Masons at Work

Bernard O'Kane
American University in Cairo
The Carved Stone Domes of Cairo
The patterns carved on Cairo's stone domes are unique for their number and variety. Serious study of these began with Kessler's monograph of 1976, which photographed all of the examples and analysed the relationships of pattern to stone courses, establishing for the first time a connection between the two. Almost no further work on the topic was done until a workshop was convened at MIT in 2005, spurred by the conservation work and detailed drawings of the Aga Khan restoration projects in the Darb al-Ahmar area. The presented findings related in particular to the statics of the domes and showed how the latest in the series had, unexpectedly, reinforcements of iron clamps.

However, some basic construction questions about this series remains, including whether the patterns were carved in situ or first on the ground, and the methods of centering used. But other questions have barely been investigated, such as the ways in which the patterns might have been generated to fit the forms of the domes. Previous publications have suggested that "in the layout of the decoration, the number four, following the shape of a square, and its multiples (8, 16, 32, 64) are the basis of the design." In fact a more careful analysis of dome designs reveals a much greater variety, with examples of five, ten, twelve, twenty, twenty-eight, and forty-sided patterns also known. The only drawing of the pattern of the finest dome of all in the series, that of Qaytbay in the Northern cemetery, for instance, shows it as having a sixteen-sided pattern instead of the ten-sided one it actually has.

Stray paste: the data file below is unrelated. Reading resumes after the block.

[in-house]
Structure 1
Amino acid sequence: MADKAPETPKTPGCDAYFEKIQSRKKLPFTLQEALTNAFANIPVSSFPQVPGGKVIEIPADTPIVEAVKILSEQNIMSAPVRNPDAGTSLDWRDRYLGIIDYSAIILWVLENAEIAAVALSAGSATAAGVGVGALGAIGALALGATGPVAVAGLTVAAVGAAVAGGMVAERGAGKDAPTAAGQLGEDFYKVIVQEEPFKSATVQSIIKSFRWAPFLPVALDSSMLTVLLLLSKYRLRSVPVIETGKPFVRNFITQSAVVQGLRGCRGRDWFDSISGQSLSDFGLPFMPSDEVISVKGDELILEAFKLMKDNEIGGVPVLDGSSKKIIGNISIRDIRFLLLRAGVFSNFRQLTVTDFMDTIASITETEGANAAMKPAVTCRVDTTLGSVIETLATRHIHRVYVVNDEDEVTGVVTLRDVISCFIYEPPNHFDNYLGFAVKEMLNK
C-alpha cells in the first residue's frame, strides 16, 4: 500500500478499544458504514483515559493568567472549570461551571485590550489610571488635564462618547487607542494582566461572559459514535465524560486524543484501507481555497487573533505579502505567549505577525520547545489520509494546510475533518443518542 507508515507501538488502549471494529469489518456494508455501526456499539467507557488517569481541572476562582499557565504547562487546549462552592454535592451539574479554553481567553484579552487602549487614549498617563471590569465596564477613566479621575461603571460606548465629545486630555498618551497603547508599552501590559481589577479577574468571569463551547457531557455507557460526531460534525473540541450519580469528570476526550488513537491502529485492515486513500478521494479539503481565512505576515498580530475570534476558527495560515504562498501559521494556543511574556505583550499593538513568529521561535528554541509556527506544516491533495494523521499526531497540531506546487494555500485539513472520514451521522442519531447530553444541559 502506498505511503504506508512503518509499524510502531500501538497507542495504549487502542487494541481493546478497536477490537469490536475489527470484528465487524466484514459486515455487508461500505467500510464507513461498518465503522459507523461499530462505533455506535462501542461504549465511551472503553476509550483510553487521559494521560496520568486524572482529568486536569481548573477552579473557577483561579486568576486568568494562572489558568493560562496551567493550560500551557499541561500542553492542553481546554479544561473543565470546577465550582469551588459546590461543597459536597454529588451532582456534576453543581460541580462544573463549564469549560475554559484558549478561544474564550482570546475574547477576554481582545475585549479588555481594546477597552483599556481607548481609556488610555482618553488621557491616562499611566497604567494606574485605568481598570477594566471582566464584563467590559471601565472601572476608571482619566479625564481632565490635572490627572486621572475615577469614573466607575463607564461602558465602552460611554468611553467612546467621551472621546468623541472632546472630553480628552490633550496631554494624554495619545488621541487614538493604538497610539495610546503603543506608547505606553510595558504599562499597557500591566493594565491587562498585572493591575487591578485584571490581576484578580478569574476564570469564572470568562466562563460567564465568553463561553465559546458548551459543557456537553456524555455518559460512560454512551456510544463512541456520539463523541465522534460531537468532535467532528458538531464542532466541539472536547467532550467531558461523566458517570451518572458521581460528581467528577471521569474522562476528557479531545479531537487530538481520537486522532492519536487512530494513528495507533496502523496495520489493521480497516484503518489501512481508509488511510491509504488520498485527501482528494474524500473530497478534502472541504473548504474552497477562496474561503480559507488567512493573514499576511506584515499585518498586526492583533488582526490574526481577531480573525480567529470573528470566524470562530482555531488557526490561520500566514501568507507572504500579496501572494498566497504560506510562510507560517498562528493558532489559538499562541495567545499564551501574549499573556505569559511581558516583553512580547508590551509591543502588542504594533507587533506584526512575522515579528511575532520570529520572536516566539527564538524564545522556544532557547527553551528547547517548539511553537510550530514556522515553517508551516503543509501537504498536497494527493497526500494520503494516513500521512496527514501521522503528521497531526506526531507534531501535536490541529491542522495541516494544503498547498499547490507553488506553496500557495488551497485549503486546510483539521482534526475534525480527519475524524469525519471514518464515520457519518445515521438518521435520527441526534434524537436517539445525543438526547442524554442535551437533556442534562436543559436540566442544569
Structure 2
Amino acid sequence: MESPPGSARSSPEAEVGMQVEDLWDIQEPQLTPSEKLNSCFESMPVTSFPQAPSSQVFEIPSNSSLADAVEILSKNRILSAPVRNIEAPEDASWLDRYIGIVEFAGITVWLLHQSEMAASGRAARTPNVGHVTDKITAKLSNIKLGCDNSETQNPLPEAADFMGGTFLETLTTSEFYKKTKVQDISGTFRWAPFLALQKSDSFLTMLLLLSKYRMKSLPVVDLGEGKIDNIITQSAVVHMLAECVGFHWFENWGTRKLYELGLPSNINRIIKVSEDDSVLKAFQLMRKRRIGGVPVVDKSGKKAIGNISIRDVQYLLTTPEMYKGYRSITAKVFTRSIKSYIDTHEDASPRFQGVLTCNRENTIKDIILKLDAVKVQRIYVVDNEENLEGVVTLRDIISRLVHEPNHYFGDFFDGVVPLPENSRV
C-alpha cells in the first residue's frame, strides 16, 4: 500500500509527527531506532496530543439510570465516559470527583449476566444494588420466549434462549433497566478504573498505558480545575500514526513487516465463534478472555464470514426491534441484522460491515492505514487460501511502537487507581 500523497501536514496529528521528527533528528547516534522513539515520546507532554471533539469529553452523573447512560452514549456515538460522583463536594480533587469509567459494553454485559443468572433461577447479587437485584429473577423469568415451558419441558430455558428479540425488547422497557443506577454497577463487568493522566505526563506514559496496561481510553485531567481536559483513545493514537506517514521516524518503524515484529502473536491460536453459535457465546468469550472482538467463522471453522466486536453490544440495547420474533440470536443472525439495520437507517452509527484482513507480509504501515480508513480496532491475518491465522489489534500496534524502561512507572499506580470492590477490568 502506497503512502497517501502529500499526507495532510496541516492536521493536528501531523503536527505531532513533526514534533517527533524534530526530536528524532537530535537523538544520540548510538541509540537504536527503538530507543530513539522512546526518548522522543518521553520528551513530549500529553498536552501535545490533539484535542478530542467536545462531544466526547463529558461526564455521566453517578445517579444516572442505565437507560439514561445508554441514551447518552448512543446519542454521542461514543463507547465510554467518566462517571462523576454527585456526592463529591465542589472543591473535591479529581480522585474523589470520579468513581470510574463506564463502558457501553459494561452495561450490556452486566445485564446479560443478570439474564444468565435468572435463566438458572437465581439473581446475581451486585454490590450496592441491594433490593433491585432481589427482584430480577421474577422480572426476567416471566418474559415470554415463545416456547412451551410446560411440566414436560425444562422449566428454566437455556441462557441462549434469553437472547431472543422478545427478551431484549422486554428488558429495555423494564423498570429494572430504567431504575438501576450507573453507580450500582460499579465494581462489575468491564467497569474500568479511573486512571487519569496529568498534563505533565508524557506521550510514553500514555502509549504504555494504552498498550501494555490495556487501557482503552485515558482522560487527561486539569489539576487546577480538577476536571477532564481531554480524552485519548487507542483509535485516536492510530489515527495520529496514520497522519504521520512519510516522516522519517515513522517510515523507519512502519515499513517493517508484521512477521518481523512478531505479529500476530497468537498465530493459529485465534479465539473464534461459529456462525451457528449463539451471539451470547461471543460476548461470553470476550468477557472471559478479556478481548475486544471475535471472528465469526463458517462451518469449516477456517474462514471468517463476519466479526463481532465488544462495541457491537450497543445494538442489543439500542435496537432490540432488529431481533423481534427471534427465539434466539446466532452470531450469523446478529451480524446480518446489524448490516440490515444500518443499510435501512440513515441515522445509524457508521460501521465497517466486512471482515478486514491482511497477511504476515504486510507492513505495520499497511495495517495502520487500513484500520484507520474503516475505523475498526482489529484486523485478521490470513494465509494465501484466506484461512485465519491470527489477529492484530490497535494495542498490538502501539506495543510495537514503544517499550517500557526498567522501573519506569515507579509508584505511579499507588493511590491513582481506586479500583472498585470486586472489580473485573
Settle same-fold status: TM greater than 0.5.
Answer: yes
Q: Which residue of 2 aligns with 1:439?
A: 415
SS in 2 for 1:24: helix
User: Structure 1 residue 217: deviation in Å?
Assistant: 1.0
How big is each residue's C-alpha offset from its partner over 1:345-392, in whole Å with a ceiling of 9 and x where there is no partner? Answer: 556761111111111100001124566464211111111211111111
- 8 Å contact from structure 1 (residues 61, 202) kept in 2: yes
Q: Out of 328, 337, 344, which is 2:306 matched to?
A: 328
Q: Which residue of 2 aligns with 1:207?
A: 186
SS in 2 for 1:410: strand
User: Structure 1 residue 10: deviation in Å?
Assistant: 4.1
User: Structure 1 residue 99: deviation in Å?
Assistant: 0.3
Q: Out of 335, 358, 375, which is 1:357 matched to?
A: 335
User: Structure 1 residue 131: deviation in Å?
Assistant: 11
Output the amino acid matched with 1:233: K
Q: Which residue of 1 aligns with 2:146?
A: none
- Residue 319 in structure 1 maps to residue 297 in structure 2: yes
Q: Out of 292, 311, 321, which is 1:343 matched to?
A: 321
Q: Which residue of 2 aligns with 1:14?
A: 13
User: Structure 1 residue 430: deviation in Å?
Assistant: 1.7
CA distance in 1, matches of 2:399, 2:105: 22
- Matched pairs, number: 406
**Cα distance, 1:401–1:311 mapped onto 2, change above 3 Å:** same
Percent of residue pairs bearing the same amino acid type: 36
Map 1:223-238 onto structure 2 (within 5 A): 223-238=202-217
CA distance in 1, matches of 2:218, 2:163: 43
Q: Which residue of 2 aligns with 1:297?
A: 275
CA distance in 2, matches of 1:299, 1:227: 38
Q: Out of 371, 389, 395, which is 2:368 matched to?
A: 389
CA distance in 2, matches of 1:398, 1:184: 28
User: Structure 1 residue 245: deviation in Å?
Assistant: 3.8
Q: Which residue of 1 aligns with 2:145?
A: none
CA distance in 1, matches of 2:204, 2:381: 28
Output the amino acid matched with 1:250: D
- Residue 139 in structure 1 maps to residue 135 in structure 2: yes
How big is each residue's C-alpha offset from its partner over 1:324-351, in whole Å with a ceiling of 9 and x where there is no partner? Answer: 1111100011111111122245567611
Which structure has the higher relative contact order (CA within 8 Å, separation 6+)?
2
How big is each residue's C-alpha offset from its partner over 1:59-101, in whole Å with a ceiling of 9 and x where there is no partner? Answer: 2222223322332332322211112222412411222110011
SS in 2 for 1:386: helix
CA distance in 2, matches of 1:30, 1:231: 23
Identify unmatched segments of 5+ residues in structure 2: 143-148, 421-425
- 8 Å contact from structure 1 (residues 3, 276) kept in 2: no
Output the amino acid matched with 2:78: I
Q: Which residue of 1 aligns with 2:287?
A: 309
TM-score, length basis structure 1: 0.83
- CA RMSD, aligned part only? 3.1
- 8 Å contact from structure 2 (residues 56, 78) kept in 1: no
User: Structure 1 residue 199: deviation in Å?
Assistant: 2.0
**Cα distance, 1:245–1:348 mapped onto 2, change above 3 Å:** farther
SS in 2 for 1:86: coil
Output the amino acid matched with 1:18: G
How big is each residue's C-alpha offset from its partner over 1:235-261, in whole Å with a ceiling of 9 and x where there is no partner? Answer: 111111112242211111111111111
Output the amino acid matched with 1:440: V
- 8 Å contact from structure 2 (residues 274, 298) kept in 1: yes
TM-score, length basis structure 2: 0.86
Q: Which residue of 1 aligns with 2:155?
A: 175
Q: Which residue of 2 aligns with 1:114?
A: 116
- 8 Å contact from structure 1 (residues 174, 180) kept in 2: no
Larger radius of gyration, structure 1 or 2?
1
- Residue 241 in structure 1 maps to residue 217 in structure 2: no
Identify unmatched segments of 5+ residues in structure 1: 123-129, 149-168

Other irregularities that need be explored and explained include the orientations of the designs, not always on the main axes of the building, and frequently not integrated with the numbering and orientation of the windows and blind niches that normally articulate the drums of these domes.

The paper explores the varieties of designs on the domes and their relationship to the other architectural elements, and will examine the implications that these have for the design and construction techniques of this unparalleled ensemble.

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